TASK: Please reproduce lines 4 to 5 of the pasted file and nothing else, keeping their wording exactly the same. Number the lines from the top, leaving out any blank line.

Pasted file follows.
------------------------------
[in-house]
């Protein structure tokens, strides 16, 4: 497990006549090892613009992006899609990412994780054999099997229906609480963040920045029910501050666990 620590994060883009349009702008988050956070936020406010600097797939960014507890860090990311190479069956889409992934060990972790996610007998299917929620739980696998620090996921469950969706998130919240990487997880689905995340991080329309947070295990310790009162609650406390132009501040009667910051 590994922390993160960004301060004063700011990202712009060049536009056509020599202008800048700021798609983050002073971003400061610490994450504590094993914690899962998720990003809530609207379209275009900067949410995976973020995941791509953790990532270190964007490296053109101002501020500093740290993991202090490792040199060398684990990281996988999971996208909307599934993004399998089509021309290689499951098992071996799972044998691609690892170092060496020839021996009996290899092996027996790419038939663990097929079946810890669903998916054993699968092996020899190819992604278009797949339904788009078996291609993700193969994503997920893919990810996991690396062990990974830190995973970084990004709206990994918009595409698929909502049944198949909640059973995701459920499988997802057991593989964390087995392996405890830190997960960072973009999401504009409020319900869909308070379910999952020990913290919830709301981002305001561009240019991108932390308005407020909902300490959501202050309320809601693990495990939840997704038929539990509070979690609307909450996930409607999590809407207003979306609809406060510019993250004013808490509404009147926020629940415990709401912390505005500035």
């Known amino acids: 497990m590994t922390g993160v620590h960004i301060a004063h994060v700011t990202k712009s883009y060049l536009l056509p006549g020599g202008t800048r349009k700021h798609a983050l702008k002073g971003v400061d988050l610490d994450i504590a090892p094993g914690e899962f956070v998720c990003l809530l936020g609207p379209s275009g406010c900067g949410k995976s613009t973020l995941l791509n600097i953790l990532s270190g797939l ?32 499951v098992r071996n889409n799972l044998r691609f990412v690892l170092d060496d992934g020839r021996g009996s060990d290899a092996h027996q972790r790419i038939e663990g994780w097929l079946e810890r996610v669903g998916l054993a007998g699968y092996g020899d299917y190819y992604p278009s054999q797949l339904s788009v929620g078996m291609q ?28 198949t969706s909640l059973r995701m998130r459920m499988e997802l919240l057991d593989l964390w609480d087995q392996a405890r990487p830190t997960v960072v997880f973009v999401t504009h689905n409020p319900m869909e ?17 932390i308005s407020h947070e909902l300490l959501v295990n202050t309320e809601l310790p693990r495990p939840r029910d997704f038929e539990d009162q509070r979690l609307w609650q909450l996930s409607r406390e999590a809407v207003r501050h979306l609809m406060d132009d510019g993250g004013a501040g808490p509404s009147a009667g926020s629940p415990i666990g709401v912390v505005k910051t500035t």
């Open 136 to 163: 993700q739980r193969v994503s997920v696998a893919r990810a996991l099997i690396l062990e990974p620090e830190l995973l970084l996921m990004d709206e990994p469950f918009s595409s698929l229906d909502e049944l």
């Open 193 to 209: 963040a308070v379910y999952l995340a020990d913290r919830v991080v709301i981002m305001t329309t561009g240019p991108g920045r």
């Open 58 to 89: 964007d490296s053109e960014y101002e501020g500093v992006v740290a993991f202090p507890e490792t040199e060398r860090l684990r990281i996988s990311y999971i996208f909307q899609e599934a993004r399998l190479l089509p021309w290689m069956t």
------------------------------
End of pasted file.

């Open 136 to 163: 993700q739980r193969v994503s997920v696998a893919r990810a996991l099997i690396l062990e990974p620090e830190l995973l970084l996921m990004d709206e990994p469950f918009s595409s698929l229906d909502e049944l």
């Open 193 to 209: 963040a308070v379910y999952l995340a020990d913290r919830v991080v709301i981002m305001t329309t561009g240019p991108g920045r």